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How to Be Happy. Always.

Ok folks... I'm gonna break it down for you Dr. Phil style today, and talk about happiness.

Now, first of all - I don't see why happiness is always priority number one. "Do whatever makes you happy", they say. "Yeah, but is she HAPPY?". Who says this is the holy grail? Personally, I think giving Tynan presents should be the end goal. "Do whatever makes Tynan get more presents" and "Yeah, but is she giving Tynan presents?" both sound pretty sweet to me.

But we live in a world where happiness is number one. They don't ask if happiness makes you money, but if money makes you happy. So, let's get happy.

Anger Management: Meet (Your Personal) Luther

On MGT500

Workplaces can be stressful places.

Anger is a natural response to stressful stimulus but its how we deal with that anger and how to express that is most important. Anger will pop up in both our I work and personal lives. While anger comes as easily and commonly as the passage of time, how to deal with it is not a common skill. Advice for this particular issue is numerous and sometimes conflicting. Thomas Jefferson, is quoted as stating "When angry count ten before you speak, if very angry, an hundred." I don't know if counting is the best solution, but when you are angry it is important you speak about it.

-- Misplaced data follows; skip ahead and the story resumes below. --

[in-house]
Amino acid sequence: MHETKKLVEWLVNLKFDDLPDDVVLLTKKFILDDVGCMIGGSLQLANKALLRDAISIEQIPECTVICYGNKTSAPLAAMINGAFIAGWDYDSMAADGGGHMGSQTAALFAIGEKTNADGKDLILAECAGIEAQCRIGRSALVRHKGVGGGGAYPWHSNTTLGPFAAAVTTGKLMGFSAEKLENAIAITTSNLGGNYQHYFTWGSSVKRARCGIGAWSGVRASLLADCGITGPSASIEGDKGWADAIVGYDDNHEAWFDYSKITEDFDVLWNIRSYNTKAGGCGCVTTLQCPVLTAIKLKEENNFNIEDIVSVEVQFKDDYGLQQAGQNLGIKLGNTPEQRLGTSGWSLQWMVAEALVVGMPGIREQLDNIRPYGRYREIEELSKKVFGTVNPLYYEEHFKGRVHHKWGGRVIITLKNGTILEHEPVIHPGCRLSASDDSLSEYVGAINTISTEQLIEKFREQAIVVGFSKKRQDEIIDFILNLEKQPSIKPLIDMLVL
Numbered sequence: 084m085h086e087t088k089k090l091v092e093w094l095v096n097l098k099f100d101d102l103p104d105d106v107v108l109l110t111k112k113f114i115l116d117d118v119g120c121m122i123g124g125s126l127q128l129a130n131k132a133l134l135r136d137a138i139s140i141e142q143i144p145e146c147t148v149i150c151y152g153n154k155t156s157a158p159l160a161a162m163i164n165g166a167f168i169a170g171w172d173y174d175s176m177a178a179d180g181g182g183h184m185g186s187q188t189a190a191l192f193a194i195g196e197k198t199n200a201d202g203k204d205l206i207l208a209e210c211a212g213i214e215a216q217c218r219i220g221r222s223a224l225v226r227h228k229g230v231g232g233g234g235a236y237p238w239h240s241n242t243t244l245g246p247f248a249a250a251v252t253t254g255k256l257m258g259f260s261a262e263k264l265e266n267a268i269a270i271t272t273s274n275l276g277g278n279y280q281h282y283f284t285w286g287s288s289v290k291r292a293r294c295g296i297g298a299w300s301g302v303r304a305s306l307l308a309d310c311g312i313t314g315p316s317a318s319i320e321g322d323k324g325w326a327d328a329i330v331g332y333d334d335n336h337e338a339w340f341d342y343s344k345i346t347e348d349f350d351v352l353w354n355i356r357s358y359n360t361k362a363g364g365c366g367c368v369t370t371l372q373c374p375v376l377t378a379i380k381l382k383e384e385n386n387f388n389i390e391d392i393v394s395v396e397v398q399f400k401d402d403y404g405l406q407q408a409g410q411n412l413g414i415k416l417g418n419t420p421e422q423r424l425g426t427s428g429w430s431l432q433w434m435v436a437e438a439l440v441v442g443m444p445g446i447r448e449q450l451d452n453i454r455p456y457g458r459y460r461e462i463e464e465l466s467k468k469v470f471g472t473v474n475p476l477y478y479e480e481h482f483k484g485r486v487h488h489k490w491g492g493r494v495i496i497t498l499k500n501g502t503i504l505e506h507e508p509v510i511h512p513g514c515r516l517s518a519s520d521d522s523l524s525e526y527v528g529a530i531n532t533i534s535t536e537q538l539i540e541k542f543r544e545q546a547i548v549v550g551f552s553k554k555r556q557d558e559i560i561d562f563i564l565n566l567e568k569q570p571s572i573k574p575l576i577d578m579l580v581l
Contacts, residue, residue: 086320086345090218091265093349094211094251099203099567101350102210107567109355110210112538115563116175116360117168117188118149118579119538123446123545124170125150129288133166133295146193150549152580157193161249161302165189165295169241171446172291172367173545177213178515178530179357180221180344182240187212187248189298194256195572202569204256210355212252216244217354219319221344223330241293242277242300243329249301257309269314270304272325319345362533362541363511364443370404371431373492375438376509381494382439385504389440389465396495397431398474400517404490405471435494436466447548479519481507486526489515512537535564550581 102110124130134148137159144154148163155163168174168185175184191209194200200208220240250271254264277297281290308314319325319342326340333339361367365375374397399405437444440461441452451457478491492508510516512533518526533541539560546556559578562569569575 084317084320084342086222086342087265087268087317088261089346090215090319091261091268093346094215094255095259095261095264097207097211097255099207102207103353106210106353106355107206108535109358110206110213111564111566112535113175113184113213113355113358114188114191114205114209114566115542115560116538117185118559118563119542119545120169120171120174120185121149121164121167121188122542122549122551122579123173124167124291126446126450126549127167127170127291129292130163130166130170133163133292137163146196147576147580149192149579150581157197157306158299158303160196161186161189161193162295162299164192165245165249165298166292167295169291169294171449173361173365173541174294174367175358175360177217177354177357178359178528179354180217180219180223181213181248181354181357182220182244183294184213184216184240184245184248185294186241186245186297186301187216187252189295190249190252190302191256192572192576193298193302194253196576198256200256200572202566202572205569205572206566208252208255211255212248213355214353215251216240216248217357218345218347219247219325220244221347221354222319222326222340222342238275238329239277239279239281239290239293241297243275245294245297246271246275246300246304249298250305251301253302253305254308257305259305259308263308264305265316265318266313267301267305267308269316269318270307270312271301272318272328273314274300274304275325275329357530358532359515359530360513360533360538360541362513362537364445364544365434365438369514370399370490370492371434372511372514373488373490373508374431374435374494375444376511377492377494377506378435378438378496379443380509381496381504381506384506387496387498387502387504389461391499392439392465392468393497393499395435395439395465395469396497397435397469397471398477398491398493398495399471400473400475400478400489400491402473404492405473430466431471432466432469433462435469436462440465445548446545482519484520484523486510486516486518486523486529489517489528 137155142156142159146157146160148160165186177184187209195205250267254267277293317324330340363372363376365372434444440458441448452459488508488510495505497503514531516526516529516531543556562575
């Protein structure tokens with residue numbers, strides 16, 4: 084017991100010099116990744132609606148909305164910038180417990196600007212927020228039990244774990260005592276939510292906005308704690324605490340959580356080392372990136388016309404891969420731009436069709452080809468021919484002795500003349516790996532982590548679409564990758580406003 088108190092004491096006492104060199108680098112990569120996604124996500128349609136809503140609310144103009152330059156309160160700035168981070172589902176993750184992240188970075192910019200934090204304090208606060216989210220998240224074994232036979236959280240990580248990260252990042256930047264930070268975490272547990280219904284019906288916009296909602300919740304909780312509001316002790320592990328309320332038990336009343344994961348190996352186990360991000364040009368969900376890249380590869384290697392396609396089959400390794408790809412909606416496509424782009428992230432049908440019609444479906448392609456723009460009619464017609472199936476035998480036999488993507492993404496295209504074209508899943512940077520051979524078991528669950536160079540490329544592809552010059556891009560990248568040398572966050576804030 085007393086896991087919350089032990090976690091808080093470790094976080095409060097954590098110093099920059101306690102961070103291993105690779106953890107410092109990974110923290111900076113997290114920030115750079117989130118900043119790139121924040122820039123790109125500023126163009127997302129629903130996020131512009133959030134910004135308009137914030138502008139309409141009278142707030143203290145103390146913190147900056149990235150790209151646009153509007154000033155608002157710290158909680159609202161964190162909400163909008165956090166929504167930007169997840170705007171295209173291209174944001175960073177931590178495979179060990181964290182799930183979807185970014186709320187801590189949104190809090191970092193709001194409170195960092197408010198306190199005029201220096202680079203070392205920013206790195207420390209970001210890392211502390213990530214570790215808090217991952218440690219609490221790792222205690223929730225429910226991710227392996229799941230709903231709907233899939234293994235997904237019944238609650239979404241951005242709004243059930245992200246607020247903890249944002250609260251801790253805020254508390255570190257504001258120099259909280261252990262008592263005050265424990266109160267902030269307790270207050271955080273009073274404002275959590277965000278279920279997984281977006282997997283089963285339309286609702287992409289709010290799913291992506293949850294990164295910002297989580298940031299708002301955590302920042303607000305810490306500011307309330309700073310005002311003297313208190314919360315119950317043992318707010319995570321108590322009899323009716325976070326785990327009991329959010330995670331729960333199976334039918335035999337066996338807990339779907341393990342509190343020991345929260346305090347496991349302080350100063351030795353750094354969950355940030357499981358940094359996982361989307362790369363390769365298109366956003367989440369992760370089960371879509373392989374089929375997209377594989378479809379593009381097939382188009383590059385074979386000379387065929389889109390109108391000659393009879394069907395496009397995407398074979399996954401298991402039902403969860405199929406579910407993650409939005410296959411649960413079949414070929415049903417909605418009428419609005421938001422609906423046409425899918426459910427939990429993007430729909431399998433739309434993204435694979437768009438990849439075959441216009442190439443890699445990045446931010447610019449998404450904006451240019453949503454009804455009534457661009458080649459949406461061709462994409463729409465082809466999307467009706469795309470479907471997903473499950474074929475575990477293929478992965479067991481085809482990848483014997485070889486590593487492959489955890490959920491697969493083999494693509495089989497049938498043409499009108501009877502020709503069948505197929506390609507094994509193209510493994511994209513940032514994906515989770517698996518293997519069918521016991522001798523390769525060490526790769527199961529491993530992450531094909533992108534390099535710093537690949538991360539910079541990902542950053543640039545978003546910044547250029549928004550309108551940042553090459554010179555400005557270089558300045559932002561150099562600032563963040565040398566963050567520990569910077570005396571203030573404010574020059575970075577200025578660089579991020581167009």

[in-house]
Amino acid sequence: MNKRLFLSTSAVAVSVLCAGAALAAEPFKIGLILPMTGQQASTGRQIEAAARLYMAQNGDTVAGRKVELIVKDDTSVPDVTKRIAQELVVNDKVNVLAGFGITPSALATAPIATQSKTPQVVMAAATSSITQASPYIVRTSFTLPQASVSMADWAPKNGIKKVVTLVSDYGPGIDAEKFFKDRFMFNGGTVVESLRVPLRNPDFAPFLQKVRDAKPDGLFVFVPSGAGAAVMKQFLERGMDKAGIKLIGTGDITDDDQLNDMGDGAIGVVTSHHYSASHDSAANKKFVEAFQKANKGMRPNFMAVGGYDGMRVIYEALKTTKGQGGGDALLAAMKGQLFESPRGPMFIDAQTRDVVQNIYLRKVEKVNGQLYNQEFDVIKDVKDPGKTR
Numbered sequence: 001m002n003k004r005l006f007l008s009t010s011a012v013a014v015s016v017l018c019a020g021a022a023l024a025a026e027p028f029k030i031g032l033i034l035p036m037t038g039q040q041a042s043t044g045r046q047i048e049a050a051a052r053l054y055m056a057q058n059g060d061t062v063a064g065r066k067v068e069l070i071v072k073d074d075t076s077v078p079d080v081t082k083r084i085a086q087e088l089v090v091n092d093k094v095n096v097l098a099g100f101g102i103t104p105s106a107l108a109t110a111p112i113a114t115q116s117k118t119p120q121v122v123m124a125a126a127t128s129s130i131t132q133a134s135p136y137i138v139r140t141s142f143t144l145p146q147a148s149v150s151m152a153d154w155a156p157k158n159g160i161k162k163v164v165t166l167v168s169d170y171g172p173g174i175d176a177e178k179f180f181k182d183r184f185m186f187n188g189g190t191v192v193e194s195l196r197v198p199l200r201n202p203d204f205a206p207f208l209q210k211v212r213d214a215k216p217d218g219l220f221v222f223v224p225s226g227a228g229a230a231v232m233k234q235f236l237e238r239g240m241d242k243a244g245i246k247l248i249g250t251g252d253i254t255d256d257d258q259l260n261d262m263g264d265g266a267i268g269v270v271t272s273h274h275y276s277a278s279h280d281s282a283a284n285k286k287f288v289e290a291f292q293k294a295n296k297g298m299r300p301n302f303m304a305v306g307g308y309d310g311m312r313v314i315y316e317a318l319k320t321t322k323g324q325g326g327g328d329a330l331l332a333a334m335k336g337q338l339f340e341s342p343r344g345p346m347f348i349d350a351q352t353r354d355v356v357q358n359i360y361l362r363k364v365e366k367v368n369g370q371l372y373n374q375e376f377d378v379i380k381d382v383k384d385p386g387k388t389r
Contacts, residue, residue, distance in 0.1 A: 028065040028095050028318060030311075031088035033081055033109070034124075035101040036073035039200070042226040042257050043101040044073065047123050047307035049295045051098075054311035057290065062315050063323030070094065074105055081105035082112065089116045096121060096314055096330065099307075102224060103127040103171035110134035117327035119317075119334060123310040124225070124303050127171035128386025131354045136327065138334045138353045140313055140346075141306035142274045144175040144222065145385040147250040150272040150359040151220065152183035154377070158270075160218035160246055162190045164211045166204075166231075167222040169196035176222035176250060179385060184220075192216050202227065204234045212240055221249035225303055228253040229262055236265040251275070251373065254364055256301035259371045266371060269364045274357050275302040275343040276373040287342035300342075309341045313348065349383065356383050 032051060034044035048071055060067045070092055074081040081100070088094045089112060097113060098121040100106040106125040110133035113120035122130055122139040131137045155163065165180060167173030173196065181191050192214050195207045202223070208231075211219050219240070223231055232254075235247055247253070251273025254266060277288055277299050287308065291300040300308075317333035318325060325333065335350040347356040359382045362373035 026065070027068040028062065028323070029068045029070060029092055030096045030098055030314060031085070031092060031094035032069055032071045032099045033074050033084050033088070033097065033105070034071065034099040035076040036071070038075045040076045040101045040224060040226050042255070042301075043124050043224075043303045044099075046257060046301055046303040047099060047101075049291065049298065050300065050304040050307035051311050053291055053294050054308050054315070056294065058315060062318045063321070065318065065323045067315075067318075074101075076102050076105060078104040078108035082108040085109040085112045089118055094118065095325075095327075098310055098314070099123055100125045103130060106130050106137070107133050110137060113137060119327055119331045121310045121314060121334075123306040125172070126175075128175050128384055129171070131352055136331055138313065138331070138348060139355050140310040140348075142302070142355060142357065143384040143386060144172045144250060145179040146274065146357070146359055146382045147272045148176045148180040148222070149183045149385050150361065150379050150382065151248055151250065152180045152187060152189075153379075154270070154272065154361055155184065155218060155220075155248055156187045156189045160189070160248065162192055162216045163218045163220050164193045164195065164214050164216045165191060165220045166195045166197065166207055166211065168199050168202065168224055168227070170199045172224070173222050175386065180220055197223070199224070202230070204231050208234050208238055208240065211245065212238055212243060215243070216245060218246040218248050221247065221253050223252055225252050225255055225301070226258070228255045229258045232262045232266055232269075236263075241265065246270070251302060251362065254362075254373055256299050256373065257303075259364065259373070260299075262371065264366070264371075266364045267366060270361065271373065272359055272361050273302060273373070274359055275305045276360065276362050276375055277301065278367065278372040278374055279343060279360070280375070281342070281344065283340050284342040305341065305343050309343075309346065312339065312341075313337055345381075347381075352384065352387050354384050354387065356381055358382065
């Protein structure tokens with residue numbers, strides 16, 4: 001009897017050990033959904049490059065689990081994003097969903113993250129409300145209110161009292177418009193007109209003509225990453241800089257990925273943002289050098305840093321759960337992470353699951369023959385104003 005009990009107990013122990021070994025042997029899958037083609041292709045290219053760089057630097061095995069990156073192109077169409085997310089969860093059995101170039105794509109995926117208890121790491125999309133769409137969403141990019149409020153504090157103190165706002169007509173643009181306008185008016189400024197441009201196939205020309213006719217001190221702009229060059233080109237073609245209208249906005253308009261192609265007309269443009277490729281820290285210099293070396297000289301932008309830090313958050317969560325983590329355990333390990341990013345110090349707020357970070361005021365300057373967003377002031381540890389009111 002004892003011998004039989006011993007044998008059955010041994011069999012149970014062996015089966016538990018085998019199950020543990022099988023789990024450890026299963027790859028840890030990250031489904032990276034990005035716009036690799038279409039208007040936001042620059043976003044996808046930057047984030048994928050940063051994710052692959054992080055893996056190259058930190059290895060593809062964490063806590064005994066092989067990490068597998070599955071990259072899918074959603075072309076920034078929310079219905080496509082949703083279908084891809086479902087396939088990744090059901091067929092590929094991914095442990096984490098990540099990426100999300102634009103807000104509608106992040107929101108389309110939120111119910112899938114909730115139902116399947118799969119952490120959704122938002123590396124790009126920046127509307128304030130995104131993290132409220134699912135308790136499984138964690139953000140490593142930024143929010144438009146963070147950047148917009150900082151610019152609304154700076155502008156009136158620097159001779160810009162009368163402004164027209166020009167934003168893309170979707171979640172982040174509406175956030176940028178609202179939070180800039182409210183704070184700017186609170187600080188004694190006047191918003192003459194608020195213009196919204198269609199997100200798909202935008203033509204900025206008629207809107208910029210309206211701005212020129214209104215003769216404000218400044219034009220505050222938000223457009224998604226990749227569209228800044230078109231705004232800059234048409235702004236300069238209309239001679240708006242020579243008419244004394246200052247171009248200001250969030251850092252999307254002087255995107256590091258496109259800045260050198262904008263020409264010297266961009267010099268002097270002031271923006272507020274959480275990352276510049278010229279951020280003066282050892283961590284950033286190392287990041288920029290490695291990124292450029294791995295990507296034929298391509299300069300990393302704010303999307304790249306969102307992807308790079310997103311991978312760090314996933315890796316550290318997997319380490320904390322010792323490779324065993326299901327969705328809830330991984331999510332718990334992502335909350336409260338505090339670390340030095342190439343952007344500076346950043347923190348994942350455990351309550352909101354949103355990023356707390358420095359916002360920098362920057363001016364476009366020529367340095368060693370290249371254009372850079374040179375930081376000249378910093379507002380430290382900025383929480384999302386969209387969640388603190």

One solution to managing your anger according to the Mayo Clinic (2011) is using humor to diffuse the situation. If something is bothering you and you are afraid of how to express it, make a joke about it. Then at least you got it off of your chest. My advice is to know that a joke will not always lead to a resolution of the issue. If you try and use humor and don't get the result you were looking for, you will have to address the issue head on.

Just as conflict is necessary in the workplace and in life, so is anger. If a person is afraid of expressing their anger there are ways to do it that are less controversial. According to psychotherapist Beverly Engel of Psychology Today, "The most effective way of expressing this emotion is to translate it into clear, non-blaming statements that establish boundaries. These statements should contain two thoughts: the fact that you are angry and the reason why, and what you want the other person to do about it. A simplified form could be, 'I feel angry because________. I want you to ___________.' " (J. Salagubang, 2004) Avoiding blaming when expressing anger is often recommended as well.

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